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The Last Base Isolator

By Jorge Casuso

November 14 – They signed it, praised it, prayed for it and blessed it, then the crowd that had gathered at Saint John’s Health Center last Friday watched with bated breath as the last base isolator was hoisted into place.

The 110 giant shock absorbers -- each weighing 12 tons, or as much as six medium-sized cars -- will protect the hospital’s Howard Keck Diagnostic and Treatment Center from the kind of seismic shocks that battered Saint John’s during the 1994 Northridge Earthquake.

Last base isolator. (photo by Jorge Casuso)

The largest of its kind ever manufactured, the base isolator system will allow the large building -- slated to be completed in 2009 -- to move in all directions, rather than sway, during a major temblor.

“With this base isolator, Saint John’s will be able to function even if there is an earthquake the size of the last one,” said U.S. Congressman Henry A. Waxman, the keynote speaker at the ceremony. “Saint John’s will be an example to all other hospitals.”

“It’s been a long journey marked by challenges and opportunities,” said Sister Marie Madeleine, co-chair of Saint John’s Legacy Project. “We will present the City of Santa Monica with another jewel in its crown.”

While the speakers focused on the future of Saint John’s, which will see its massive rebuilding effort completed when the new front entrance opens its doors in 2011, much of the talk focused on the cylindrical concrete structure that sat by the makeshift stage.

“I don’t recall ever going to the blessing of a base isolator,” said Mayor Bob Holbrook, who during his 16 years in office has attended countless events.

“Who ever talked about a base isolator before?” said Sister Maureen Craig before giving the invocation.

“We’ve been through the earthquake,” she said, “we know what having a strong building means.”

From left: Sister Marie Madeleine, Con. Henry A. Waxman and Lou Lazatin, Saint John's president and CEO. (Glenn Marzano Photography)

After the speeches had ended, Father Patrick Comerford, the health center’s chaplain, approached the heavy structure signed by the hospital staff and sprinkled it with holy water.

“May your blessing rest upon us always,” Comerford said in an Irish brogue, as he also sprinkled the edge of the crowd for good measure.

Then, a small brass band struck up an overture as a giant crane slowly lowered its hook, which was fastened to the isolator by two construction workers clad in festive Hawaiian shirts.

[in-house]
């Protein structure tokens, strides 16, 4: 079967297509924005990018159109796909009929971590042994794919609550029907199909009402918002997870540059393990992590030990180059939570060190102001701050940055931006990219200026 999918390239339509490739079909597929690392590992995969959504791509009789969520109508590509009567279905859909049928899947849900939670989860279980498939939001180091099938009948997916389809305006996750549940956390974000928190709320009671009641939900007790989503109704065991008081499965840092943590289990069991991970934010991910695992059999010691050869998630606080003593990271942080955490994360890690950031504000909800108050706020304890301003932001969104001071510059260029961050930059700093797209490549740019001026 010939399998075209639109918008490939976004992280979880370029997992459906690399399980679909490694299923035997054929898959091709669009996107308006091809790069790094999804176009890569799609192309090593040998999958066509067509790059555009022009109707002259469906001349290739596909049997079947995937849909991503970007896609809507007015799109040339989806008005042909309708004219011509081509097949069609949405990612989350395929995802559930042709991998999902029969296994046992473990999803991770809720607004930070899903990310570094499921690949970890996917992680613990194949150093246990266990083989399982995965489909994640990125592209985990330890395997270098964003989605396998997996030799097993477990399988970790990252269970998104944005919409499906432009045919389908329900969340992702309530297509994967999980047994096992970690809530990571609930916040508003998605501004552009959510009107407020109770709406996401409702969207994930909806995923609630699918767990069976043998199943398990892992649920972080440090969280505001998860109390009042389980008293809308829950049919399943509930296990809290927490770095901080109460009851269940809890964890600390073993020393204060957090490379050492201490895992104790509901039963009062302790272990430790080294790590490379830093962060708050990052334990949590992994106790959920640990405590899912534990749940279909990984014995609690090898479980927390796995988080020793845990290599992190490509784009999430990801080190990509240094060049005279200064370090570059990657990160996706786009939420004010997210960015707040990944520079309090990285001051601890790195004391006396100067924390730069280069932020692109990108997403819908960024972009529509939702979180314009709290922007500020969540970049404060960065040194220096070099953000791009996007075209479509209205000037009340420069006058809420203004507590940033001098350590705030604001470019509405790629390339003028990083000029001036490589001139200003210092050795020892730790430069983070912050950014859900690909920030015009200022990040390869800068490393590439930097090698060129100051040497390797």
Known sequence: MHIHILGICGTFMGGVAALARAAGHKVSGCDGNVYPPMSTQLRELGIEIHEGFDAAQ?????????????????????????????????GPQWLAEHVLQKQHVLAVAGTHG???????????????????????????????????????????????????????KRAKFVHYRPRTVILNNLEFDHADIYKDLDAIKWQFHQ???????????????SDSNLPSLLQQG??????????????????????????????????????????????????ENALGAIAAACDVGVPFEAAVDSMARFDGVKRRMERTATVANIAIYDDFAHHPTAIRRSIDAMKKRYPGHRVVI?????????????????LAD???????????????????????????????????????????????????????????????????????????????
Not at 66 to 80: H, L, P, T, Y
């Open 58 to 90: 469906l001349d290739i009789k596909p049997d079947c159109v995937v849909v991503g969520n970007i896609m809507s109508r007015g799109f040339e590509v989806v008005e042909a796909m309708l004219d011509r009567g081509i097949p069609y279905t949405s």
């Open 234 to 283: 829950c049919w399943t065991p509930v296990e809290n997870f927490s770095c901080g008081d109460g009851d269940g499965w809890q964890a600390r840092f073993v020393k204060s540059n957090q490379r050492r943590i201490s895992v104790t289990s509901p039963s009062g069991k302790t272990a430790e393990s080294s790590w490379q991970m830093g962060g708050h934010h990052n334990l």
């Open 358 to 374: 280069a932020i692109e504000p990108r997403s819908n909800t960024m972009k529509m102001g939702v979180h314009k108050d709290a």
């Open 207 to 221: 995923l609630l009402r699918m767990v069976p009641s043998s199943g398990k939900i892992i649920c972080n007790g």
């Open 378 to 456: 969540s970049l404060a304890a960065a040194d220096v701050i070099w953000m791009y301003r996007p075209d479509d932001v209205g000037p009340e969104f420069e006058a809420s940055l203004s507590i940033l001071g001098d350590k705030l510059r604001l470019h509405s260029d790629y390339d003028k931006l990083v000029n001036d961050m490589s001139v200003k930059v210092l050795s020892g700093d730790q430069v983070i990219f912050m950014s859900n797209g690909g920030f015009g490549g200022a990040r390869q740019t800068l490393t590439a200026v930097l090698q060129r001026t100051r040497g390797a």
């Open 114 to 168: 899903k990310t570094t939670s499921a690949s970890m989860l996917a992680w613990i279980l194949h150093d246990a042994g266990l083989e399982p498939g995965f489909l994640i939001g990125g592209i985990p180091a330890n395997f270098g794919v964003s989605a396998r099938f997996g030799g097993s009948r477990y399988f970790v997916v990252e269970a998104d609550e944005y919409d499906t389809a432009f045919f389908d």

Then, as the fanfare swelled and the cable grew taut, the giant cylinder was hoisted slowly into the hot, clear blue sky. The chaplain gave the structure a final sprinkling, as the crowd gathered at the railing and camera crews and photographers snapped the floating object.

Then, as it swung above the construction site, two flocks of white doves were released, fluttering away as the isolator slowly descended and finally touched down. The brass band played quietly as it was set into place and tightened down with giant bolts.

“Very impressive, isn’t it?” said an elderly man in a brown cowboy hat, as the band broke into a John Phillip Sousa march.

“It’s like changing a tire,” another man said.

From left: Mayor Bob Holbrook, Peter Kelly, Con. Henry A. Waxman and Saint John’s Health Center VP of Foundation and Health Center Relations Bob Klein (Glenn Marzano Photography)

In addition to the base isolators, the new facility will boast self-contained systems to generate electricity, store water and treat sewage in the event municipal systems are strained or knocked out during a disaster.

A total of 385 workers – including 100 electricians and 100 framers and “dry wallers” – will work on the building, said Lee Davis, who is overseeing the project for McCarthy Building Companies.

“The construction part is the easiest,” he said, adding that the company had to secure the necessary permits from the City and find parking for the workers.

Isolator floats above site. (Glenn Marzano Photography)

Waxman had some encouraging words for the hospital staff and officials gathered Friday morning.

“The Northridge Earthquake tested the people of this hospital in ways that were daunting,” the Congressman said. “You are the real foundation, not the building.”


Isolator Slide Show




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